The Employment Law Group® law firm is a leader in the field of whistleblower law and has an extensive nationwide whistleblower practice representing employees who have exposed illegal activity by their employer.

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Sarbanes-Oxley Compliance Journal Publishes Article by The Employment Law Group® Managing Principal, R. Scott Oswald

According to The Employment Law Group® law firm’s managing principal, R. Scott Oswald, “2011 marked a sea change for whistleblowers at the Department of Labor’s Administrative Review Board (ARB).”  The Sarbanes-Oxley Compliance Journal recently published an article by Mr. Oswald which discusses the impact of recent ARB decisions on whistleblower protection and describes why “2011 was an important year for whistleblowers.”

In the article, Oswald highlighted 2011’s significant developments in whistleblower law, noting that “the ARB changed the standard of proving protected activity, embraced the concept of corporate knowledge, established the most generous standard for an adverse action in employment law, and established the fact that most Sarbanes-Oxley cases should proceed to an evidentiary hearing.”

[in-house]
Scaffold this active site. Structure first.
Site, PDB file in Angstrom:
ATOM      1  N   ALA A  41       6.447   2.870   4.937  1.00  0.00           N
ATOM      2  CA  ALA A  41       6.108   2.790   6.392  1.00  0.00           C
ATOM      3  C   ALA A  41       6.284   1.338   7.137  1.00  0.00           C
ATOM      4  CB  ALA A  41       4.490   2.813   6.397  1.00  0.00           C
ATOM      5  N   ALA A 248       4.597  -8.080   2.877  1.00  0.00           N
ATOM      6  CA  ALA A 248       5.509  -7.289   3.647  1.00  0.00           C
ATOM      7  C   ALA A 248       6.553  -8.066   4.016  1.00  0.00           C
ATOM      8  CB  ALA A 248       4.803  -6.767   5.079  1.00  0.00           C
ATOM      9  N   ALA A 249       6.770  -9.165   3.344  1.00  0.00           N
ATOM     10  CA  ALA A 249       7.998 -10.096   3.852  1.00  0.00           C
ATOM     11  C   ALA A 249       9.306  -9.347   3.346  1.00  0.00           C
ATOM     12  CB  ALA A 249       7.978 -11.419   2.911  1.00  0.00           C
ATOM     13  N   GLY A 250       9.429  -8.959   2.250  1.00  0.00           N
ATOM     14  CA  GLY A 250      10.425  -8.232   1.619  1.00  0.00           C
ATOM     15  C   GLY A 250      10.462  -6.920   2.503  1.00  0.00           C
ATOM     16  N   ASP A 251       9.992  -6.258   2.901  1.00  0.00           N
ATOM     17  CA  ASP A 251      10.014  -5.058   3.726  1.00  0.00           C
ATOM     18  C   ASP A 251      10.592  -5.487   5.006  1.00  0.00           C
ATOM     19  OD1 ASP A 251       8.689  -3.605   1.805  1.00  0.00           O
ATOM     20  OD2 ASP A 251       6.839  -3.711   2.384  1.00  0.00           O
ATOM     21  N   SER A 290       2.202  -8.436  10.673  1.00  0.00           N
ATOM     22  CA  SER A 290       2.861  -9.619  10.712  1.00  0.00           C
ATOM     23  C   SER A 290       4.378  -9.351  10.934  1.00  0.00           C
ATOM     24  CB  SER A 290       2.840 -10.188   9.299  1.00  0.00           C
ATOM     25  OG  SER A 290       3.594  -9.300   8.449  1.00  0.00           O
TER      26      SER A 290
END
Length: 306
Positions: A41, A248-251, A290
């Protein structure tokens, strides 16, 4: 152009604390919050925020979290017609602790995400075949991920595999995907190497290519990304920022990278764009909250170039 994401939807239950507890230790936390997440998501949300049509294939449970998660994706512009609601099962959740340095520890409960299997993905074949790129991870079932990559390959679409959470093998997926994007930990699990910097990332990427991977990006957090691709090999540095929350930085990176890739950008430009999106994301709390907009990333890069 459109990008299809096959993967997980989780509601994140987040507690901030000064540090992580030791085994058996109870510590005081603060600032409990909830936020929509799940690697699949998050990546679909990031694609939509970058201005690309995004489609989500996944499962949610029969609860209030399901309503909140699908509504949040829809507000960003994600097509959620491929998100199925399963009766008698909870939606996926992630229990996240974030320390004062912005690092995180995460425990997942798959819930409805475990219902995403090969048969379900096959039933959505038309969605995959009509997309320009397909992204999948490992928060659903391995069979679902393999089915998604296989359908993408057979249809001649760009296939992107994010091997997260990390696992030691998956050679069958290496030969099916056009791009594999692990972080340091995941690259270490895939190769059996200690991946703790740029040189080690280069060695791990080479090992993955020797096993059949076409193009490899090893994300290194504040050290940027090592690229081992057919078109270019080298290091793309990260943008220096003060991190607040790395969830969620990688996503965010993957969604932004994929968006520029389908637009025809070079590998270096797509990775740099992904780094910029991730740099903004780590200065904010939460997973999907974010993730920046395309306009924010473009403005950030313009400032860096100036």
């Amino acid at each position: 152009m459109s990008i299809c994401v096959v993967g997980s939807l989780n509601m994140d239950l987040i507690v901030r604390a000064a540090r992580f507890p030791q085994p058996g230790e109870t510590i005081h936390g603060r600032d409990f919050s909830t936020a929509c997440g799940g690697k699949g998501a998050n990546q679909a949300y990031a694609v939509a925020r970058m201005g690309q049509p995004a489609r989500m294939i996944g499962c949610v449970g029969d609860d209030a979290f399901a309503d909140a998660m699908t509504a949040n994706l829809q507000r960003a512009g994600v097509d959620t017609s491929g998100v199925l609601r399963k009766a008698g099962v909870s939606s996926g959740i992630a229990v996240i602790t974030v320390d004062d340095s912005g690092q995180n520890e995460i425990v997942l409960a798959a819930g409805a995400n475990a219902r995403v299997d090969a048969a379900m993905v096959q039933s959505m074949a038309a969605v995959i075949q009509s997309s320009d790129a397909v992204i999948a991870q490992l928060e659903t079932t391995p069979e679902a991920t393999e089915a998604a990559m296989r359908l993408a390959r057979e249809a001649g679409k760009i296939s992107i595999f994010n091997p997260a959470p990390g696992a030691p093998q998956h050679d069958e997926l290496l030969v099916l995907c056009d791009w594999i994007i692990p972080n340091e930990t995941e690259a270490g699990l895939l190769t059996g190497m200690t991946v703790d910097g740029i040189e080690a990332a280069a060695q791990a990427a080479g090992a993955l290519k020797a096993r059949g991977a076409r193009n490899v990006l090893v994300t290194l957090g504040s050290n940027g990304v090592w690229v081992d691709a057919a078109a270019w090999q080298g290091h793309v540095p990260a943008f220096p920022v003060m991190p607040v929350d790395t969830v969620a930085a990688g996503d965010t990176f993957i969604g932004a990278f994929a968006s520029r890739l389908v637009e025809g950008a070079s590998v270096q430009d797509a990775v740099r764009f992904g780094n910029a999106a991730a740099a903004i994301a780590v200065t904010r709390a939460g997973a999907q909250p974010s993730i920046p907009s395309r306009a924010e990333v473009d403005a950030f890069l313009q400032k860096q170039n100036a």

Specifically, Oswald discussed the significance of the following 2011 ARB decisions:

  • In Sylvester v. Parexel International LLC, ARB No. 07-123, ALJ Nos. 2007-SOX-039, 042 (May 25, 2011), the ARB affirmed that whistleblowers are protected under SOX even when mistaken and held that an employer’s disclosure of the whistleblower’s identity constitutes an adverse employment action, and, finally, found that whistleblowers can establish causation by showing that their whistleblowing activity was merely a contributing factor in the employer’s decision to take the adverse employment action.
  • In Funke v. Federal Express Corporation, ARB No. 09-004, ALJ No. 2007-SOX 043 (ARB July 8, 2011), the ARB expanded whistleblower protections by confirming that an employee’s disclosure that a FedEx customer was using FedEx services to engage in mail fraud was protected activity under SOX, as was the whistleblower’s reporting of the customer’s conduct to local law enforcement.
  • In Vannoy v. Celanese, ARB No. 09-118, ALJ No. 2008-SOX-064 (ARB September 28, 2011) the ARB “relieved whistleblowers from the heavy burden of proving their claims without using any of the employer’s confidential information,” whereas previously, Oswald noted, “whistleblowers could be subject to serious penalties for doing so.”
  • In Menendez v. Halliburton, ARB Nos. 09-002, 09-003, ALJ No. 2007-SOX-005 (ARB September 13, 2011) the “ARB affirmed that whistleblowers are protected under SOX even when they are mistaken about the nature of their complaints” and held that an employer’s disclosure of the whistleblower’s identity constitutes an adverse employment action.